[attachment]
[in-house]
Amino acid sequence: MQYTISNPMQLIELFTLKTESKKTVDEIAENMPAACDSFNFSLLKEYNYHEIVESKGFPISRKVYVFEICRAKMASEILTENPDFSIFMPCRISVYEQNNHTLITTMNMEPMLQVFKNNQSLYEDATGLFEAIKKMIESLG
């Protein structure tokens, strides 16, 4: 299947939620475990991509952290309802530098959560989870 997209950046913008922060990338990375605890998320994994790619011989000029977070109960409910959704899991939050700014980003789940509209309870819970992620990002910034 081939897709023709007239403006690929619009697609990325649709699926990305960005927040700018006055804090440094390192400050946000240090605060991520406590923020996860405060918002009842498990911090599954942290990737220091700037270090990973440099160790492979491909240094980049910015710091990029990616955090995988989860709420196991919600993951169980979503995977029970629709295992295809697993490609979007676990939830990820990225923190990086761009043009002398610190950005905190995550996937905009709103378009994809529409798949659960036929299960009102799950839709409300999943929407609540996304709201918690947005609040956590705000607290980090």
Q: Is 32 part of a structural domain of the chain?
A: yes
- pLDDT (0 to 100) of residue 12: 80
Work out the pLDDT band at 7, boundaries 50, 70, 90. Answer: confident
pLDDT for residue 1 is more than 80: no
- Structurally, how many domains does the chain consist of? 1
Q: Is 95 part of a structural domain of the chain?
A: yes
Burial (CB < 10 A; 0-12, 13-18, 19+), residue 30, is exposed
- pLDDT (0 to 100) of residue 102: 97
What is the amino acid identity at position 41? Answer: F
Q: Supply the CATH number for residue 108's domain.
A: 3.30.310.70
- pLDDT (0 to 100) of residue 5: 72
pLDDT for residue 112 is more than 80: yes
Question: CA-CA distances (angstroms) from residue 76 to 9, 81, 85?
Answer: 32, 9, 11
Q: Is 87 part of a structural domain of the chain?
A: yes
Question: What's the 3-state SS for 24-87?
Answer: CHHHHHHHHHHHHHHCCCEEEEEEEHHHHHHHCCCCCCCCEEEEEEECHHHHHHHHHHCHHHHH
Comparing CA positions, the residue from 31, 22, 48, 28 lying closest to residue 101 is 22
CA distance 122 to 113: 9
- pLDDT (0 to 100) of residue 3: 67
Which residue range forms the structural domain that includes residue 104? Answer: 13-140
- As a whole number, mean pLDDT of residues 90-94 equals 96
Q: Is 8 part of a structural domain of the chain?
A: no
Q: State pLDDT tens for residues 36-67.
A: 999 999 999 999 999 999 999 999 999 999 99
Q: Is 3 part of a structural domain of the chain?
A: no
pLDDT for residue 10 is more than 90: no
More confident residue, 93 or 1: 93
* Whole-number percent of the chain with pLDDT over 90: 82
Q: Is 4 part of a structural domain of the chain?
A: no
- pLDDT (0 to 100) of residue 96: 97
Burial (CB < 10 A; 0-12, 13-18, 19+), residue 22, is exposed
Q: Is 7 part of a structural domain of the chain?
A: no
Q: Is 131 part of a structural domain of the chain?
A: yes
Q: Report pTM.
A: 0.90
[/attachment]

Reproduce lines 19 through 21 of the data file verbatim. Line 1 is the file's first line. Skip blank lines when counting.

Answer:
Question: CA-CA distances (angstroms) from residue 76 to 9, 81, 85?
Answer: 32, 9, 11
Q: Is 87 part of a structural domain of the chain?